4. “It’s been a while since we…you know.” Yep. And it’s gonna be a while longer (see #1 and #2). I am never alone. Someone is always touching, grabbing, licking, wiping, hitting or otherwise abusing my body. At 8:30 at night when that finally stops, the last thing I want is a grown-up touching, grabbing, or slobbering on me. To say nothing of the other thirty things that I didn’t get done today that I must now somehow get done between the hours of 8:30 PM and 11:00 PM. Yes, I miss you. Yes, sex is important but you knocked me up (twice, remember!) and now I have certain responsibilities. I should be free in 2018.

5. “I don’t feel so well. I’m gonna take a sick day.” I call this the Man Flu. I didn’t coin this phrase but it is so true. It doesn’t matter what the affliction is but men seem to suffer so much more than anyone else when they are sick. In the five years I’ve been a parent, there is only one thing that has made me take to my bed and it was a horrible case of mastitis (can I get an “Amen!”?). So, dear husband, not that you aren’t allowed a sick day but you aren’t allowed to then lay in bed all day, complaining of how bad you feel and summoning me to fetch you drinks, medications, and meals.The barely controlled chaos of my day tips into uncontrolled chaos with the addition of your sickly demands. The lives of the three other people in our house must go on. I get sick yet our kids still get to school. They still get fed.  I still wake up at an ungodly hour to snuggle our youngest so he doesn’t wake our eldest. You can take a sick day but don’t be surprised when I only manage to throw some Children’s Tylenol and a gummy bear vitamin at you as I pass by with a half-naked toddler.  Yes, that is probably poop smeared on your drinking glass because you summoned me in the middle of a diaper change. If you get sick, do what I do and Suck. It. Up.

I love you. I appreciate you. You are amazing. But please stop saying these phrases unless you want to  be forced to hunt me down on a remote island in the middle of the South Pacific.

Hm. I think my plan is about to backfire. <Sigh.>

In case you didn’t see it, my husband  posted his reply, “Five Things You Should Never Say to the Father of Your Children.”

Photo credit: Beautiful Freaks

Teaching Mommy

I am the only female in my house and I’ve learned a few things about boys in the last four years. Here are some things I learned this week:

1. Louder is better. Preferably in the car but anywhere in close proximity to other people. My youngest literally screamed at me today, “MY MILK IS WHITE AND COLD!!!” Yes it is.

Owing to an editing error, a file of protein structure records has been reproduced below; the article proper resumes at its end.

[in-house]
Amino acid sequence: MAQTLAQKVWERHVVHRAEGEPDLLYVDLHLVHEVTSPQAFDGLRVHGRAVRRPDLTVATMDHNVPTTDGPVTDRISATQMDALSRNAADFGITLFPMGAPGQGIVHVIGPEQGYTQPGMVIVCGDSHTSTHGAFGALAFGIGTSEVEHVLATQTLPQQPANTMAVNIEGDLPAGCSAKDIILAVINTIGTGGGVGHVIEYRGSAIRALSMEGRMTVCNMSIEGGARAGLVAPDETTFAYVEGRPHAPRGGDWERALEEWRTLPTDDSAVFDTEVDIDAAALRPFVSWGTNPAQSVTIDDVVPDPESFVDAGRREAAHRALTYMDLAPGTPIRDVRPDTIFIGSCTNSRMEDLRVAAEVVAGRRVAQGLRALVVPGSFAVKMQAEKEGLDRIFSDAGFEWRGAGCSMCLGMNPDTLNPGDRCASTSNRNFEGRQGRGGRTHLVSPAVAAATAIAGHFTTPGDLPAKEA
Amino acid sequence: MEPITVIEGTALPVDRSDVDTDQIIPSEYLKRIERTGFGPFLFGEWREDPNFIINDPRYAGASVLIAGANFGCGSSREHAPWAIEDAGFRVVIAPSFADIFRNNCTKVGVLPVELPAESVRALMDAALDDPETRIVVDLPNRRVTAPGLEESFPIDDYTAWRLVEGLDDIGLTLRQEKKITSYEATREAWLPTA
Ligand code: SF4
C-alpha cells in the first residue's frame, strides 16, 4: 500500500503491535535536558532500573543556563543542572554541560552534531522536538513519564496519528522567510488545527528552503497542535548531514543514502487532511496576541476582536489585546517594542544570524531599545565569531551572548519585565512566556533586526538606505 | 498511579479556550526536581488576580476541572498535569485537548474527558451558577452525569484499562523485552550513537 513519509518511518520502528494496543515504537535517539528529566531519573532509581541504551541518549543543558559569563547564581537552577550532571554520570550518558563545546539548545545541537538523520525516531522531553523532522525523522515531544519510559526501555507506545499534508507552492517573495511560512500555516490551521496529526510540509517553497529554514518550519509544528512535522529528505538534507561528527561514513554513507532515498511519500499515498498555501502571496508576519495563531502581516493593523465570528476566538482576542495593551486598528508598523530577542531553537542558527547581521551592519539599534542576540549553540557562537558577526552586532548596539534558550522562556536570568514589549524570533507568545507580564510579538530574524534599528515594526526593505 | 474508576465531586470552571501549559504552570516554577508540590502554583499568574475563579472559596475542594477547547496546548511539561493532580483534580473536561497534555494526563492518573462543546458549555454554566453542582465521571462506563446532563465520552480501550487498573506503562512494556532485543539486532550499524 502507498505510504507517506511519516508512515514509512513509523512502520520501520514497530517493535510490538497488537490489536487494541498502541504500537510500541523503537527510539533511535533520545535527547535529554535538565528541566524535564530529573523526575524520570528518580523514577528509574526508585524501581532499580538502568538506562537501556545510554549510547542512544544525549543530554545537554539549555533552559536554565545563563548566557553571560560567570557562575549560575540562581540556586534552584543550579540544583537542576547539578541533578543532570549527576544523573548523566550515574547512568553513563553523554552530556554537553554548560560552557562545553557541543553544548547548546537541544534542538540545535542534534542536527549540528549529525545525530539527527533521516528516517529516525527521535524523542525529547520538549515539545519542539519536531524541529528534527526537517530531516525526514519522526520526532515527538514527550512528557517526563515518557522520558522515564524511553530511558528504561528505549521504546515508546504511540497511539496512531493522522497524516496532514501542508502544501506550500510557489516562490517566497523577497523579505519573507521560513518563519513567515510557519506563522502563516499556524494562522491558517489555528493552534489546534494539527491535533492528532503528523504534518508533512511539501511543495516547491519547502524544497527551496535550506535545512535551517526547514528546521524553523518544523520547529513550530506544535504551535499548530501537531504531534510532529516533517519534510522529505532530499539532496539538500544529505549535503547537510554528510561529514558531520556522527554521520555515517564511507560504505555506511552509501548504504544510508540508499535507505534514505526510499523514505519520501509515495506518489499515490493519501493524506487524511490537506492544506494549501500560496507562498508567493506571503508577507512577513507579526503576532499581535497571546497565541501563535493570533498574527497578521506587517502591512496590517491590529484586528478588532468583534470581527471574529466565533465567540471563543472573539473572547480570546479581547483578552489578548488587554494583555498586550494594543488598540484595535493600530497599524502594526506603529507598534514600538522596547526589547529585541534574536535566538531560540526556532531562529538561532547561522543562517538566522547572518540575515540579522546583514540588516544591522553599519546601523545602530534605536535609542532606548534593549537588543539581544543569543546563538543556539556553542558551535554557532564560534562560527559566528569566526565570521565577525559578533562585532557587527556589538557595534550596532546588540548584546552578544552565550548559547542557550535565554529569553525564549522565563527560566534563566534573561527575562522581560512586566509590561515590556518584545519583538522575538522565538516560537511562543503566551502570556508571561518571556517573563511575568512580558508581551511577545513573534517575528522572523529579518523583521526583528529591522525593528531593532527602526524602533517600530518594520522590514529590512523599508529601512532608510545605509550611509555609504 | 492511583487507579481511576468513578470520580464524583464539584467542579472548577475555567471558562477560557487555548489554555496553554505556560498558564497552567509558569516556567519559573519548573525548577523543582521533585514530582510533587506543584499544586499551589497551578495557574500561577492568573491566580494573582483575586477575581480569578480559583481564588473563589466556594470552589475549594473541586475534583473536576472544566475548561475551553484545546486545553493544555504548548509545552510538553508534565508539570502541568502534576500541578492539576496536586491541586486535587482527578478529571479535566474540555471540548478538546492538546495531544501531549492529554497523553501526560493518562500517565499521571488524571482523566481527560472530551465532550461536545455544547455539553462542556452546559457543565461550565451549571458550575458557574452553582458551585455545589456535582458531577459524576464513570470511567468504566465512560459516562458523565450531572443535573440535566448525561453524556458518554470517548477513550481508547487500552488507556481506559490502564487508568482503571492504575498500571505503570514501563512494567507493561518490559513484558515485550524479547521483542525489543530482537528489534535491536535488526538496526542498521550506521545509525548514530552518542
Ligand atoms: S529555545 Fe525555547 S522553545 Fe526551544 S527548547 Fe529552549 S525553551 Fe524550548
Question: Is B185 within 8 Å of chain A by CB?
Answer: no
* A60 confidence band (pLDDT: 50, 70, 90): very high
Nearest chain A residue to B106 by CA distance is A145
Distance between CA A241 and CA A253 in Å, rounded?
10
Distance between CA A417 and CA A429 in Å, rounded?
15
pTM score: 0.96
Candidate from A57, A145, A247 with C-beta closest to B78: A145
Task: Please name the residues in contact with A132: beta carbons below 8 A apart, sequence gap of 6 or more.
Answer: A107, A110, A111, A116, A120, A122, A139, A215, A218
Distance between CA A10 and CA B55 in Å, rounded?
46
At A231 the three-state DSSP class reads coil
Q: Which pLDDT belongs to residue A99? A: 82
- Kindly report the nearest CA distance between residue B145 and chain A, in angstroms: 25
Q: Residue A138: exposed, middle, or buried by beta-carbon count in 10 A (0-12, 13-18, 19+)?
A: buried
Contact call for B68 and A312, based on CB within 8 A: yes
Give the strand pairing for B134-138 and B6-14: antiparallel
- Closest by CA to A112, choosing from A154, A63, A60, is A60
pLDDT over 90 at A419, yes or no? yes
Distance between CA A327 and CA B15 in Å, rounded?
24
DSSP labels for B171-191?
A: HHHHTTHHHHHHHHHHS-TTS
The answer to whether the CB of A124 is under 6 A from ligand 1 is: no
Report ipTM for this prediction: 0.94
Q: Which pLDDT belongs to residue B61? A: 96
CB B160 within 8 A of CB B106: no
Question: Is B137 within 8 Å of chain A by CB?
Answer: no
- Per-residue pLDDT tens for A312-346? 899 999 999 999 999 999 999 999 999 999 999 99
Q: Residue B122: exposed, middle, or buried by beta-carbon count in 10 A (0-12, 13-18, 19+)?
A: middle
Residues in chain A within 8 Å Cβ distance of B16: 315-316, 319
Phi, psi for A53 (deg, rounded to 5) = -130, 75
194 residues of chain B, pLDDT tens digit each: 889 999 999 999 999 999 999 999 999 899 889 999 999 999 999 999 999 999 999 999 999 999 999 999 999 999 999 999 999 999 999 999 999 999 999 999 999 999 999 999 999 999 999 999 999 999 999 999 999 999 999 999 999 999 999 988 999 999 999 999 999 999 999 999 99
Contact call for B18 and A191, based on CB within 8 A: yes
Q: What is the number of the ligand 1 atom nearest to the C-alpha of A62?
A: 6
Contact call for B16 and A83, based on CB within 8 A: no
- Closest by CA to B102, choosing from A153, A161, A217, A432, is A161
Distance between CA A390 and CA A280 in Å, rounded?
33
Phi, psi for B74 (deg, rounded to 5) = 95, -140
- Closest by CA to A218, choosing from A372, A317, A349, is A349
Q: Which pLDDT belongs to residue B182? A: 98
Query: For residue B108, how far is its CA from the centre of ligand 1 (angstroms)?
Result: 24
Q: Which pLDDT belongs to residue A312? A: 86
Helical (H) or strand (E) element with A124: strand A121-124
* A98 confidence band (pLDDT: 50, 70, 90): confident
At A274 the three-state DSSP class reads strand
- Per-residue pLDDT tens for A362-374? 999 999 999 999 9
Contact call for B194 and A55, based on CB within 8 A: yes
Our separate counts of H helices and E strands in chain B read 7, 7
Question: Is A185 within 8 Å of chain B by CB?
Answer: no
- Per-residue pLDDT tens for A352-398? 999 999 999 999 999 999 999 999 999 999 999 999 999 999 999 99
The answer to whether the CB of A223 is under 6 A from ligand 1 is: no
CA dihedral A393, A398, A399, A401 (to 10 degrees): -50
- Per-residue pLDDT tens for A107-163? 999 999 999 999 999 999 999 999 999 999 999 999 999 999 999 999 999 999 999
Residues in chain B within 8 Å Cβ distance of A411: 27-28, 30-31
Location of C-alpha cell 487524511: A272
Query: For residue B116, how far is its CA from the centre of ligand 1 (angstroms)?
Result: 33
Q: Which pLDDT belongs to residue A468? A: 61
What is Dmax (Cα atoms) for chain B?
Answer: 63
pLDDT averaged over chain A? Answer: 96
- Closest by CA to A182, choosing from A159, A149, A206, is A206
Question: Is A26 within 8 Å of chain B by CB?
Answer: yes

2. It is one of life’s cruelest ironies that I ever have to decipher the difference between smeared chocolate and smeared poop.

3. Don’t tell our pool but I would pay my son’s weight in gold for swimming lessons. Yes, I know my oldest does not love swimming. I see you other parents looking at him with pitiful eyes as he clings to my leg before he gets in the pool. I am still going to forcefully peel him off my leg and insist that he get in the water because he will actually go to sleep before 10:30 p.m. if he gets to play in the water (which he happily does – once he’s in the pool). I will actually get to watch the season premiere of Mad Men I’ve been waiting three months to watch. If. I. can. just. get. him. in. the. water. Oh, yeah, and that whole water safety, swimming thing is important, too.

4. Rocket ships need a lot of cookies.

5. I know why there are stupid warning labels on seemingly hazardless things or obviously risky things. This morning, while I was getting breakfast ready, my youngest did a handstand on the breakfast table with his feet propped up on the wall behind him. The table moved. He bashed his face into the side of the table. (He was fine.)

6. We have reached the stage where the greatest threat to my sons’ survival is not me but each other.  My two boys were in the driveway riding bikes/trains/rocket ships. I was inside fixing dinner. What happened next as reported by my four-year-old: “Little Britches turned my train (bike) into a rocket ship and then bashed his dump truck (wagon) into the launch pad (basketball hoop). There was no way for the train engine (bike/rocket ship) to get back to the train station (garage). So I threw a brick at him.” Yes, my oldest grabbed a brick and hurled it at my youngest, hitting him right in the middle of the forehead. Yes, it will scar but I consider that lucky.